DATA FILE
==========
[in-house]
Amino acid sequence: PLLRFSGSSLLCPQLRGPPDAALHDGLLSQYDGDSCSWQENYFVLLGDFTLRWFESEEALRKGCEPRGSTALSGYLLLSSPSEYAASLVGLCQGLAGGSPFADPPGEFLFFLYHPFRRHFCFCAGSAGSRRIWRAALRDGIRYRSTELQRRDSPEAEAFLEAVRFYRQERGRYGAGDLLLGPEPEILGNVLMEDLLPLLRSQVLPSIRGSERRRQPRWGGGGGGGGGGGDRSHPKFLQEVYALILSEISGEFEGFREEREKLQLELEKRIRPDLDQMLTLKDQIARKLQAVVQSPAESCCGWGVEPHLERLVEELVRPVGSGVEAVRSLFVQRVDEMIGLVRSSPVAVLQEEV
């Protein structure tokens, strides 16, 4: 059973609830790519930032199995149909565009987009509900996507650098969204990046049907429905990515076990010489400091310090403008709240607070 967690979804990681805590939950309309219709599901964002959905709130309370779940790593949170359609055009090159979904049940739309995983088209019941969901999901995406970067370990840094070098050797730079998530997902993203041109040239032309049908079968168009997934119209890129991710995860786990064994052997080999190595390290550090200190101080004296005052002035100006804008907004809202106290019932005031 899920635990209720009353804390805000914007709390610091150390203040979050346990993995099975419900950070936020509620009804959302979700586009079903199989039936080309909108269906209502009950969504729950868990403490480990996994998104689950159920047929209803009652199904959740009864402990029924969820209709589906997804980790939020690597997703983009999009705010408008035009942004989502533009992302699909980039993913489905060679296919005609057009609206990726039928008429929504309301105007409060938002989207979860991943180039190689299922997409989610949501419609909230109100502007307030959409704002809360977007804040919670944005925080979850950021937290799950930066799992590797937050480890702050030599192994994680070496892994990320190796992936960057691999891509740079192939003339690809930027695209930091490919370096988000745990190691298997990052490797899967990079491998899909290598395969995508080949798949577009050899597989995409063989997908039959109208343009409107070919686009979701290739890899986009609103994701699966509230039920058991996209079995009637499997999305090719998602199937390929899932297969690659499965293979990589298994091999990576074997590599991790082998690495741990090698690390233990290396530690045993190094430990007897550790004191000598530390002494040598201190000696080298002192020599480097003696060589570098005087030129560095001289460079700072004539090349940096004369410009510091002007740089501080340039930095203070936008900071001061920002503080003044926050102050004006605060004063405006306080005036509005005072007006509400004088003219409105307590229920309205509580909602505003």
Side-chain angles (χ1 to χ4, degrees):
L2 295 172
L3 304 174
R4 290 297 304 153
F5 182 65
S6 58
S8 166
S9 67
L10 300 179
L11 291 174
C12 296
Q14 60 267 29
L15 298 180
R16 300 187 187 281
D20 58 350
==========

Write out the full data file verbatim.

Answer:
[in-house]
Amino acid sequence: PLLRFSGSSLLCPQLRGPPDAALHDGLLSQYDGDSCSWQENYFVLLGDFTLRWFESEEALRKGCEPRGSTALSGYLLLSSPSEYAASLVGLCQGLAGGSPFADPPGEFLFFLYHPFRRHFCFCAGSAGSRRIWRAALRDGIRYRSTELQRRDSPEAEAFLEAVRFYRQERGRYGAGDLLLGPEPEILGNVLMEDLLPLLRSQVLPSIRGSERRRQPRWGGGGGGGGGGGDRSHPKFLQEVYALILSEISGEFEGFREEREKLQLELEKRIRPDLDQMLTLKDQIARKLQAVVQSPAESCCGWGVEPHLERLVEELVRPVGSGVEAVRSLFVQRVDEMIGLVRSSPVAVLQEEV
């Protein structure tokens, strides 16, 4: 059973609830790519930032199995149909565009987009509900996507650098969204990046049907429905990515076990010489400091310090403008709240607070 967690979804990681805590939950309309219709599901964002959905709130309370779940790593949170359609055009090159979904049940739309995983088209019941969901999901995406970067370990840094070098050797730079998530997902993203041109040239032309049908079968168009997934119209890129991710995860786990064994052997080999190595390290550090200190101080004296005052002035100006804008907004809202106290019932005031 899920635990209720009353804390805000914007709390610091150390203040979050346990993995099975419900950070936020509620009804959302979700586009079903199989039936080309909108269906209502009950969504729950868990403490480990996994998104689950159920047929209803009652199904959740009864402990029924969820209709589906997804980790939020690597997703983009999009705010408008035009942004989502533009992302699909980039993913489905060679296919005609057009609206990726039928008429929504309301105007409060938002989207979860991943180039190689299922997409989610949501419609909230109100502007307030959409704002809360977007804040919670944005925080979850950021937290799950930066799992590797937050480890702050030599192994994680070496892994990320190796992936960057691999891509740079192939003339690809930027695209930091490919370096988000745990190691298997990052490797899967990079491998899909290598395969995508080949798949577009050899597989995409063989997908039959109208343009409107070919686009979701290739890899986009609103994701699966509230039920058991996209079995009637499997999305090719998602199937390929899932297969690659499965293979990589298994091999990576074997590599991790082998690495741990090698690390233990290396530690045993190094430990007897550790004191000598530390002494040598201190000696080298002192020599480097003696060589570098005087030129560095001289460079700072004539090349940096004369410009510091002007740089501080340039930095203070936008900071001061920002503080003044926050102050004006605060004063405006306080005036509005005072007006509400004088003219409105307590229920309205509580909602505003």
Side-chain angles (χ1 to χ4, degrees):
L2 295 172
L3 304 174
R4 290 297 304 153
F5 182 65
S6 58
S8 166
S9 67
L10 300 179
L11 291 174
C12 296
Q14 60 267 29
L15 298 180
R16 300 187 187 281
D20 58 350